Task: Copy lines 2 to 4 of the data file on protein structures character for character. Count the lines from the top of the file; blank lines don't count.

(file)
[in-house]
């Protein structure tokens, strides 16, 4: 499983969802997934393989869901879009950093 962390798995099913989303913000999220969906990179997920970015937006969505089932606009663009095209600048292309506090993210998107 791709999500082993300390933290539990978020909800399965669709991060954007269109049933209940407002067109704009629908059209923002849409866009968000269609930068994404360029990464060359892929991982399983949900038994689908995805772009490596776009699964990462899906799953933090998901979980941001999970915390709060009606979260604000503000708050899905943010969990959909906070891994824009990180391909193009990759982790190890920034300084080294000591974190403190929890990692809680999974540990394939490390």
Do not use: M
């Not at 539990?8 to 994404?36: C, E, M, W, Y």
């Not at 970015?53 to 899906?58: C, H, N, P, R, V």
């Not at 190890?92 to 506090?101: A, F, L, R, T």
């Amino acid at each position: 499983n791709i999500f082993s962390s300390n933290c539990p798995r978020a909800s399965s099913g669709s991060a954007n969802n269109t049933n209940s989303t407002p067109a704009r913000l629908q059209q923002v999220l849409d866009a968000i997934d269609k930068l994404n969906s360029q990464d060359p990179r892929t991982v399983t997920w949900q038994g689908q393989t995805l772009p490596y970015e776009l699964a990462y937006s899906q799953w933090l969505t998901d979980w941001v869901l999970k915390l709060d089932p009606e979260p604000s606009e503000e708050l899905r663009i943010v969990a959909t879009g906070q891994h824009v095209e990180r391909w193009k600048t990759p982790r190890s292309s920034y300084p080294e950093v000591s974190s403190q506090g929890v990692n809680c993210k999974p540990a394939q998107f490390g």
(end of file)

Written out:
């Protein structure tokens, strides 16, 4: 499983969802997934393989869901879009950093 962390798995099913989303913000999220969906990179997920970015937006969505089932606009663009095209600048292309506090993210998107 791709999500082993300390933290539990978020909800399965669709991060954007269109049933209940407002067109704009629908059209923002849409866009968000269609930068994404360029990464060359892929991982399983949900038994689908995805772009490596776009699964990462899906799953933090998901979980941001999970915390709060009606979260604000503000708050899905943010969990959909906070891994824009990180391909193009990759982790190890920034300084080294000591974190403190929890990692809680999974540990394939490390």
Do not use: M
């Not at 539990?8 to 994404?36: C, E, M, W, Y």